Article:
I think I probably would have bought my house in Mill Valley, CA, even if Linda didn’t live next door. Or if she hadn’t been the sort of gardener who turns a dusty rectangle of dirt into a mossy enchanted hobbit land. But both things helped.
Before I owned the house, I kept going over to nervously inspect its 1920s wiring and all that dry rot—was buying it a big mistake?—and there was Linda in her sun hat, watering her roses. One day she put down the hose and offered a comment as she surveyed my overgrown front yard: “I can tell that someone who loved gardening used to live in your house.”
That’s pretty much all I need to know about a house to love it. Soon after, my husband and I started cutting back the vines and, like archaeologists on a dig, discovered the skeleton of an old garden underneath: rambling paths and bluebells.
The trick, Linda says, is to find the garden your house is meant to have. When she bought her place in 2008, “it was a brand-new spec house,” she remembers. “The builder had made a path of wood chips and stuck some plants in gallon pots into the hardpan.”
You would not know this now. Linda’s garden has dappled sunlight from an old oak tree and her Japanese maples. There are ferns and hellebores and geraniums and roses: just enough flowers in bloom to tempt little girls to pick posies. “If you want to take photos of the garden,” she warned me the other day, “you’d better get here before my granddaughters. They love nothing more than to make floral arrangements for fairies and other special beings.”
We rushed over:
Photography by Tom Kubik for Gardenista.
Above: I rarely walk past Linda’s place without peeking over the fence. The first thing she did after moving in was to replace a flimsy gate with a heavy old wood one, and swap out the wood-chip path for flagstones. “I love stones,” she says, and by that she means individually, for their personalities and quirks.
Above: Among her favorite stones are large boulders covered with lichen and moss, which she bought from American Soil & Stone in San Francisco’s East Bay and placed around the garden.
She mulches with fir bark from Berkeley Horticultural Nursery. “You can use it as compost, or as a planting medium, too,” she says.
Above: The walk from the front gate to the stoop is only about 30 feet, but on the way you go past so much—a hydrangea grove, lemon trees, fragrant roses, Japanese maples, columbine, wisteria, herbs—”that it can take days to get there if you stop to smell everything.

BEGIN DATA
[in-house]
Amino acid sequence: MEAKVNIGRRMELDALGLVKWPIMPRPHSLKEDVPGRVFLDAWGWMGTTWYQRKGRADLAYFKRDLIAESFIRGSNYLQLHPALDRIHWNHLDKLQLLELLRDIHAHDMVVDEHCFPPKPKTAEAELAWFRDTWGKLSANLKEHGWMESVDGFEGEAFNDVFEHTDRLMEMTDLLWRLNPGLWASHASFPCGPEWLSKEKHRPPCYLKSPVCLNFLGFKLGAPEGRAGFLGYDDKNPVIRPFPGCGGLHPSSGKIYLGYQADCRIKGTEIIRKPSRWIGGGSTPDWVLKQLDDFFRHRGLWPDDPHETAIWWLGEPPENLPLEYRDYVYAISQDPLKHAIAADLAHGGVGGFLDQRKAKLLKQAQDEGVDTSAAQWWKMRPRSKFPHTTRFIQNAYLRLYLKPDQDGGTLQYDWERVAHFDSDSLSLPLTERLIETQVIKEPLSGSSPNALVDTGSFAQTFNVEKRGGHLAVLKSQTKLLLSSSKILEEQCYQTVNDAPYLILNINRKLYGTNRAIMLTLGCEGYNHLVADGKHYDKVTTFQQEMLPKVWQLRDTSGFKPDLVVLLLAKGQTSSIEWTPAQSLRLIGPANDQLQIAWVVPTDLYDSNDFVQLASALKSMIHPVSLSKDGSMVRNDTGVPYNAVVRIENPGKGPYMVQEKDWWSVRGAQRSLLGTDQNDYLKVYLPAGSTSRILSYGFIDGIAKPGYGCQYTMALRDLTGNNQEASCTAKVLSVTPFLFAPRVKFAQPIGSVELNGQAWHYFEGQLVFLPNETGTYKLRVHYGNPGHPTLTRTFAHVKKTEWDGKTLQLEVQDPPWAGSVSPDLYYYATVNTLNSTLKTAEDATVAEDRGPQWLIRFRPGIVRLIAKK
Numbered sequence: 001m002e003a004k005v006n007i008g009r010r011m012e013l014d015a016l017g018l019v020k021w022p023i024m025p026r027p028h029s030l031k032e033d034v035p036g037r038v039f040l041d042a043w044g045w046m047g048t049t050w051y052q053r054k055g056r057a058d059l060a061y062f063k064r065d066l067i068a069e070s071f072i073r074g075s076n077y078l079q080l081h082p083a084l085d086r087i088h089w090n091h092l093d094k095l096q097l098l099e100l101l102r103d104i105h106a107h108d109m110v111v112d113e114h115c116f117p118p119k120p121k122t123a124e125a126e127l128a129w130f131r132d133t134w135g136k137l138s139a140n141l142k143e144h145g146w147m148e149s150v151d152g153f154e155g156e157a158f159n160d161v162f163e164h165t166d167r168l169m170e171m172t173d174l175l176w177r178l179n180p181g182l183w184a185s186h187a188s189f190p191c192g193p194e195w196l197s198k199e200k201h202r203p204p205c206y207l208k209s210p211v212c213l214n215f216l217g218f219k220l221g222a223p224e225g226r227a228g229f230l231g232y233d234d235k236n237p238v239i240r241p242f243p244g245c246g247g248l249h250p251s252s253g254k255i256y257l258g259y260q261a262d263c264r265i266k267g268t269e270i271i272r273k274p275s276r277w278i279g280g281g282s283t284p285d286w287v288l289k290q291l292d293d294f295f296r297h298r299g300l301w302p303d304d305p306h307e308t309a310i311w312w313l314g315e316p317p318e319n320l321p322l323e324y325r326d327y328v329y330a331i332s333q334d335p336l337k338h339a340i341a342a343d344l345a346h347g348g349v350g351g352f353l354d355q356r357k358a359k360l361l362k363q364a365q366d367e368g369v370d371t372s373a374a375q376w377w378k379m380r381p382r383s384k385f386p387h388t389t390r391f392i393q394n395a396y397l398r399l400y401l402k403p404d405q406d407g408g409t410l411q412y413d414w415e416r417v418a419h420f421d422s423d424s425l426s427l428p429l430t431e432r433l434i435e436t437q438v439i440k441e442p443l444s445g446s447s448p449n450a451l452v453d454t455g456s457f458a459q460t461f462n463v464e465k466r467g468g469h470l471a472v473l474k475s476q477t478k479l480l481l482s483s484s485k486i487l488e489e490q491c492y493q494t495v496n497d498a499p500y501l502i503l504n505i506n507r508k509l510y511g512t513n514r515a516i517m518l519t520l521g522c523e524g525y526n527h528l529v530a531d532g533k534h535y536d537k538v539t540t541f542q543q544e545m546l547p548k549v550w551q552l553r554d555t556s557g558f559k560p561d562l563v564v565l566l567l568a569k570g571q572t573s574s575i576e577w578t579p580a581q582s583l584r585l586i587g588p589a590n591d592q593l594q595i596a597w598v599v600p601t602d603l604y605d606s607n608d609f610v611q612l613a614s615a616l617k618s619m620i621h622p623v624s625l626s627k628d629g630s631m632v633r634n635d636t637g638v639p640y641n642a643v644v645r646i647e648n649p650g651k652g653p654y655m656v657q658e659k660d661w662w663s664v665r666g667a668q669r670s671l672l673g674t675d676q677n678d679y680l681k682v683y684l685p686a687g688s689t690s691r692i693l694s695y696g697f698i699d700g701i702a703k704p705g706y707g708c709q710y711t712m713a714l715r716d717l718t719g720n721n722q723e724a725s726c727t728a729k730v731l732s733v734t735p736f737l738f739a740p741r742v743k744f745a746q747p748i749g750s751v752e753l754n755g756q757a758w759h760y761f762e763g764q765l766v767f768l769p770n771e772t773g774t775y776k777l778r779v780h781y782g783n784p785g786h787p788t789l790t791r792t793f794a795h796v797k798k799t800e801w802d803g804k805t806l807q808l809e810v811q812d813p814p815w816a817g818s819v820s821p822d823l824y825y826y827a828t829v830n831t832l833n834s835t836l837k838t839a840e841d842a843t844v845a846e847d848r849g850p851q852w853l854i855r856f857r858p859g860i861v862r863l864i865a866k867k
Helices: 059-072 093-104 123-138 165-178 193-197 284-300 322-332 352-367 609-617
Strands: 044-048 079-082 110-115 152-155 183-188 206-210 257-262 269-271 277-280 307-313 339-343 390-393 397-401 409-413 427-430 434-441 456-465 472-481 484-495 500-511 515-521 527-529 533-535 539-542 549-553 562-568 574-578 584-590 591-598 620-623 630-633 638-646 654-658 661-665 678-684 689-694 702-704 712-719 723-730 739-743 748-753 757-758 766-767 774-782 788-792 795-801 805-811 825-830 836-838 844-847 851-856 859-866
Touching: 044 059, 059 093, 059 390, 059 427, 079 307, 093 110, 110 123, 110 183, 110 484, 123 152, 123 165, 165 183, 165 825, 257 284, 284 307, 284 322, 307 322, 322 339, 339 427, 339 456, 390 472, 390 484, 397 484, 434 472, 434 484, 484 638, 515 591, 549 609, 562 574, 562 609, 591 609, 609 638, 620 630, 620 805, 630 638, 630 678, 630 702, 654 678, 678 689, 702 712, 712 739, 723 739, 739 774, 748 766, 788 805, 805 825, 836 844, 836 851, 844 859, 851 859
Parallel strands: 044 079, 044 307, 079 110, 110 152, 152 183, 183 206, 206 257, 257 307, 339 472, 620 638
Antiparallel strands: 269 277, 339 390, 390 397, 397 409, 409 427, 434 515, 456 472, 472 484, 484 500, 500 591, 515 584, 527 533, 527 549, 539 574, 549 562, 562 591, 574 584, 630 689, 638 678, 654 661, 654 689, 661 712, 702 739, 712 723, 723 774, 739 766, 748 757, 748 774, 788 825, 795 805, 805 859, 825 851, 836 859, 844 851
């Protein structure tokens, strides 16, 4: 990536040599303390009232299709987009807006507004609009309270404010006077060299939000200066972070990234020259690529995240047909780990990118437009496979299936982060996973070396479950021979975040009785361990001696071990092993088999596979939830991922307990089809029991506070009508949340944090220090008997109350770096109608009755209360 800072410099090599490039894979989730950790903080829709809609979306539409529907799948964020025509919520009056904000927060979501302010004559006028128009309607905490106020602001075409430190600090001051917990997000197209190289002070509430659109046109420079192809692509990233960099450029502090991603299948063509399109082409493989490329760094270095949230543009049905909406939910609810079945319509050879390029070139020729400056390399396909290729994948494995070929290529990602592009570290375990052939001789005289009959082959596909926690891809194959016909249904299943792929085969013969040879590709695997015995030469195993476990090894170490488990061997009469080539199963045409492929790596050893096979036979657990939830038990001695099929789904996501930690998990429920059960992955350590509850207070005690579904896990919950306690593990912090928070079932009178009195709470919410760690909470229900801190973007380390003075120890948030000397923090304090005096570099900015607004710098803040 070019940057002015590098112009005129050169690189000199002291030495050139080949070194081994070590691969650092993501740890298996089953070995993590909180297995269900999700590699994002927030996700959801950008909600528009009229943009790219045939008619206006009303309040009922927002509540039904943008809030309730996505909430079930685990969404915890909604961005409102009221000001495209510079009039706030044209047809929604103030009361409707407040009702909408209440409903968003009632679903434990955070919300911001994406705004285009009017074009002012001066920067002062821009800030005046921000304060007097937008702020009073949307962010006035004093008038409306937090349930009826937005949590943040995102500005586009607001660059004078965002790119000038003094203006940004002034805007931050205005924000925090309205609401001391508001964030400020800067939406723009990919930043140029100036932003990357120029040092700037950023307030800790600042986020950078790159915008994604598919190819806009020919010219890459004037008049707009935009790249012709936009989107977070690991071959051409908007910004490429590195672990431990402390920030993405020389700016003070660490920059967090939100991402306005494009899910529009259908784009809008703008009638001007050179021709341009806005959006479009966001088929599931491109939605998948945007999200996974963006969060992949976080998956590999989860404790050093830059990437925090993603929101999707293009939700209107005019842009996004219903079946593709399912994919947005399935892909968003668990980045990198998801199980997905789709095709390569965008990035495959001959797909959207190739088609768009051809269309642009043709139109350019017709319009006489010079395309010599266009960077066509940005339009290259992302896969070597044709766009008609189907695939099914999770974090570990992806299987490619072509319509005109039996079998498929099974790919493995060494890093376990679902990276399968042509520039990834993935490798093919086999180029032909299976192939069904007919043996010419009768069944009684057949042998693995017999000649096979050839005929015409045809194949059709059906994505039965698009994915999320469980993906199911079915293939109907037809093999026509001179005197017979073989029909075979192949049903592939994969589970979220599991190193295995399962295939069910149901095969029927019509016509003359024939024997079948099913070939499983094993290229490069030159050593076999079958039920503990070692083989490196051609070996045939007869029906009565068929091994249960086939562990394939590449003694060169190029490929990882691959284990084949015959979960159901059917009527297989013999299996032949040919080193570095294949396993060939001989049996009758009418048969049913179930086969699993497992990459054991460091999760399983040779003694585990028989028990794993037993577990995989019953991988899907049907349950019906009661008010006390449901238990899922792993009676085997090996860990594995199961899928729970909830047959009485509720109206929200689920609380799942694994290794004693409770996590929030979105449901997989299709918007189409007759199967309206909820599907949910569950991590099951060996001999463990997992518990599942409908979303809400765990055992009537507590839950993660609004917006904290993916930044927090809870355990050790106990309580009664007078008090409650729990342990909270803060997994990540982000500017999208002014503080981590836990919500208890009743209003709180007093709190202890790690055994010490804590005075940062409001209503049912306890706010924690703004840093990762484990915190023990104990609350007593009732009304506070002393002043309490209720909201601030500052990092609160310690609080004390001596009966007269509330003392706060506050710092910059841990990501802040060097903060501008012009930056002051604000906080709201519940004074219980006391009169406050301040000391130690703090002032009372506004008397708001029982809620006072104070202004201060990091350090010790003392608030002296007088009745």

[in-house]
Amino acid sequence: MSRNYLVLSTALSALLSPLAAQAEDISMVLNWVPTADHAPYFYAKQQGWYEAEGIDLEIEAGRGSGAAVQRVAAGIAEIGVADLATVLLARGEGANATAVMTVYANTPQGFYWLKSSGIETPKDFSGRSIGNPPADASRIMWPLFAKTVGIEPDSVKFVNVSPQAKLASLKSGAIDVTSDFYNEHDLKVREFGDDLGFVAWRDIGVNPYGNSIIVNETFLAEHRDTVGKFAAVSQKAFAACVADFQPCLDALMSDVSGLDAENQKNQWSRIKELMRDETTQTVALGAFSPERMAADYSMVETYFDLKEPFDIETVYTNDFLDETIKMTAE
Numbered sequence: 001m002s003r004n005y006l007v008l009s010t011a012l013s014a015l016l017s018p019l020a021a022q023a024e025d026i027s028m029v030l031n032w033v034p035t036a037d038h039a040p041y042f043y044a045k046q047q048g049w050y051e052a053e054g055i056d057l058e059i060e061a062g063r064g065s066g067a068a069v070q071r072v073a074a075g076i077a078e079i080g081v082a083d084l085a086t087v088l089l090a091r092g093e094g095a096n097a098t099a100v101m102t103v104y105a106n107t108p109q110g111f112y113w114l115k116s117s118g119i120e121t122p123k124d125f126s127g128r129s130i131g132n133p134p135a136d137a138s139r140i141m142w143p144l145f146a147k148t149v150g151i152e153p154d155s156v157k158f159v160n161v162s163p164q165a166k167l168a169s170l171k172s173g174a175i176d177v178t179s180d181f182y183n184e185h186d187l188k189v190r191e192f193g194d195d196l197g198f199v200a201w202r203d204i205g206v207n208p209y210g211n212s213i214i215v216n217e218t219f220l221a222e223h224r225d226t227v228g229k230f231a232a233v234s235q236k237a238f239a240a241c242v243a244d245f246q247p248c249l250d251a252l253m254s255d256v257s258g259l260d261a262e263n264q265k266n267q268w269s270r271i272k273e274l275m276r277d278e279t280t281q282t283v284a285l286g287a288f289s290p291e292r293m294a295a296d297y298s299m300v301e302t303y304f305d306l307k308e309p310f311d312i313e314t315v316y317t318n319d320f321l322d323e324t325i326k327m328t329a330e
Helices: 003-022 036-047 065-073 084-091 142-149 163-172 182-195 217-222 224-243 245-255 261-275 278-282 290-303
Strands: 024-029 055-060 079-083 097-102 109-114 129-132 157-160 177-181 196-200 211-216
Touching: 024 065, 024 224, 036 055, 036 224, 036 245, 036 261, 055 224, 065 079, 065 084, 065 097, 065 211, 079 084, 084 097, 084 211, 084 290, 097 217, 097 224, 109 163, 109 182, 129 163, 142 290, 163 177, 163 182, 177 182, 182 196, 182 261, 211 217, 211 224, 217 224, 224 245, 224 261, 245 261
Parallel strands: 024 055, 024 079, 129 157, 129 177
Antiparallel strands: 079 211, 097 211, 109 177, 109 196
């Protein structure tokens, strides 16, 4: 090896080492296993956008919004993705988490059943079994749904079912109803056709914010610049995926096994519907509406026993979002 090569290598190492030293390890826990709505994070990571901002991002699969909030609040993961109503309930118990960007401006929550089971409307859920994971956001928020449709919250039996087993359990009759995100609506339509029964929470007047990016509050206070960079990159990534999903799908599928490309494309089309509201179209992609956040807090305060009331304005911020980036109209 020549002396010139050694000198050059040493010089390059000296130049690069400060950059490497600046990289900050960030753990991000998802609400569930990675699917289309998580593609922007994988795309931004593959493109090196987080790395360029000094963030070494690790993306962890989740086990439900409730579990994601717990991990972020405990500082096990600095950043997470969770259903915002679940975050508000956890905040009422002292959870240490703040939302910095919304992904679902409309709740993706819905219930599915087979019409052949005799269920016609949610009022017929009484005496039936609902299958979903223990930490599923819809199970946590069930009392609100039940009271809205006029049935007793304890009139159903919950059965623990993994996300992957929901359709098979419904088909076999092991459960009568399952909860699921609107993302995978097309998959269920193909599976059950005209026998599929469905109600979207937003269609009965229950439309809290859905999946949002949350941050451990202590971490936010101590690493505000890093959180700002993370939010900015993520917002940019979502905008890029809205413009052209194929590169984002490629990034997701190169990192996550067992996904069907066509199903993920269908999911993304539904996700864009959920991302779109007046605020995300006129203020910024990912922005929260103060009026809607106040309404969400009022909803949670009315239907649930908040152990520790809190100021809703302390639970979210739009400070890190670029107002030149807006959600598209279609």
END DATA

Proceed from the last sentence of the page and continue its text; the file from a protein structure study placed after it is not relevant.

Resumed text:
Above: On the front stoop: potted plants, including daisies and nasturtiums, take advantage of a sunny spot.
Above: The sprinklers come on in the late afternoon, to the columbine’s delight.
Above: A panel of rickety old fence (salvaged from the original fence that separated my yard from Linda’s) has a second life as a trellis for sweet peas and other climbers.
Above: A path beneath an oak tree on the side of the house leads to Linda’s fern garden. On the right: a rose that has no business blooming in such a shady spot.
Above: And yet it perseveres. The fragrant ‘Pat Austin’ rose can be trained as either a shrub or a climber. Linda is letting hers decide which it wants to be.
Above: On a hot sunny day (like this one), Linda’s garden feels 10 degrees cooler.
Above: In back of the house, on a narrow deck outside the kitchen, Linda runs a “plant hospital” for anything that’s ailing. If a garden plant looks droopy, she’ll pot it and put it on a shelf where she can fuss over it until it feels better.
Above: When Linda moved here the view from the kitchen was bleak, nothing but a tall fence a few feet from the window. “I was quite depressed by it,” she says. “The kitchen was all black granite and stainless steel, very masculine.”
Looking out at the fence, she got an idea: “What might help is some boards from the hardware store so I can put plants on them.”
The result was a few simple shelves made of redwood planks supported by cement blocks. The setup has grown over the years, and now the view from the kitchen window is a crazy quilt of color. Last year Linda installed drip irrigation so she no longer has to hand-water every pot.
Above: Poppies and succulents.
Above: A window box is mounted outside Linda’s kitchen window.
Above: Linda’s front door is guarded by a begonia in bloom. Until those granddaughters arrive.